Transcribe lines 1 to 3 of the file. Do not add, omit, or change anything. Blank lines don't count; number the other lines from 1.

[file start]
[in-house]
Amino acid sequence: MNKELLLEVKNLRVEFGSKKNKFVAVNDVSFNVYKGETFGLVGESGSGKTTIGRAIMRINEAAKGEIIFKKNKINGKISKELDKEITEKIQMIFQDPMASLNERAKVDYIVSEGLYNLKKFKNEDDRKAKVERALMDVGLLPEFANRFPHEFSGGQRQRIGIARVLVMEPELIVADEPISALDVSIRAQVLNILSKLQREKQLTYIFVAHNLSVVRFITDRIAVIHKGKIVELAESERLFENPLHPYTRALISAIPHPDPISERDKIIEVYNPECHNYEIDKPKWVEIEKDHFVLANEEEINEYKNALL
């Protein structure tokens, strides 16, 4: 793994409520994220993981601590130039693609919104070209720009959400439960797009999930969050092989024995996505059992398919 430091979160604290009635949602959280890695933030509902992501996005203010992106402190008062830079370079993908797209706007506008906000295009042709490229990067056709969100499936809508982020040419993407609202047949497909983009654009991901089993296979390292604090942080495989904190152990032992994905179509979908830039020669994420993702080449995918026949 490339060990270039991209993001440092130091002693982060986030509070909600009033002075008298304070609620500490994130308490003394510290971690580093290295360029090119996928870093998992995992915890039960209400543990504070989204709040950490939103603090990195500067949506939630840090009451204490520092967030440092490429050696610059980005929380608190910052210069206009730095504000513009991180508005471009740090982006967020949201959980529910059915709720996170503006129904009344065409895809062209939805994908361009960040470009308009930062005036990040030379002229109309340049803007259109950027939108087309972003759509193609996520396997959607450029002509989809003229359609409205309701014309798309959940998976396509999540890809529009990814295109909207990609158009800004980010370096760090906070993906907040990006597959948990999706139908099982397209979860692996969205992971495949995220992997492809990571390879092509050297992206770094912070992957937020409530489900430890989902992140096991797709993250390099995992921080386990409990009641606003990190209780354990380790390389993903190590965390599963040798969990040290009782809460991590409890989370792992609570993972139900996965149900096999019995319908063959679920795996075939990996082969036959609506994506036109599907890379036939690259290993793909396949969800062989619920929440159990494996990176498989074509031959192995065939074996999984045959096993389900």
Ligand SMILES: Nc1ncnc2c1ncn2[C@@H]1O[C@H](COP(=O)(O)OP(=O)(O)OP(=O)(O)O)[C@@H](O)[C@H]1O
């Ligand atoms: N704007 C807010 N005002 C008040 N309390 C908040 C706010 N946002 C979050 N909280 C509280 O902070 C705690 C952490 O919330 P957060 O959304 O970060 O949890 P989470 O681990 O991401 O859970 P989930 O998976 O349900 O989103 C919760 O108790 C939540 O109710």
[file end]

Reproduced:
[in-house]
Amino acid sequence: MNKELLLEVKNLRVEFGSKKNKFVAVNDVSFNVYKGETFGLVGESGSGKTTIGRAIMRINEAAKGEIIFKKNKINGKISKELDKEITEKIQMIFQDPMASLNERAKVDYIVSEGLYNLKKFKNEDDRKAKVERALMDVGLLPEFANRFPHEFSGGQRQRIGIARVLVMEPELIVADEPISALDVSIRAQVLNILSKLQREKQLTYIFVAHNLSVVRFITDRIAVIHKGKIVELAESERLFENPLHPYTRALISAIPHPDPISERDKIIEVYNPECHNYEIDKPKWVEIEKDHFVLANEEEINEYKNALL
């Protein structure tokens, strides 16, 4: 793994409520994220993981601590130039693609919104070209720009959400439960797009999930969050092989024995996505059992398919 430091979160604290009635949602959280890695933030509902992501996005203010992106402190008062830079370079993908797209706007506008906000295009042709490229990067056709969100499936809508982020040419993407609202047949497909983009654009991901089993296979390292604090942080495989904190152990032992994905179509979908830039020669994420993702080449995918026949 490339060990270039991209993001440092130091002693982060986030509070909600009033002075008298304070609620500490994130308490003394510290971690580093290295360029090119996928870093998992995992915890039960209400543990504070989204709040950490939103603090990195500067949506939630840090009451204490520092967030440092490429050696610059980005929380608190910052210069206009730095504000513009991180508005471009740090982006967020949201959980529910059915709720996170503006129904009344065409895809062209939805994908361009960040470009308009930062005036990040030379002229109309340049803007259109950027939108087309972003759509193609996520396997959607450029002509989809003229359609409205309701014309798309959940998976396509999540890809529009990814295109909207990609158009800004980010370096760090906070993906907040990006597959948990999706139908099982397209979860692996969205992971495949995220992997492809990571390879092509050297992206770094912070992957937020409530489900430890989902992140096991797709993250390099995992921080386990409990009641606003990190209780354990380790390389993903190590965390599963040798969990040290009782809460991590409890989370792992609570993972139900996965149900096999019995319908063959679920795996075939990996082969036959609506994506036109599907890379036939690259290993793909396949969800062989619920929440159990494996990176498989074509031959192995065939074996999984045959096993389900």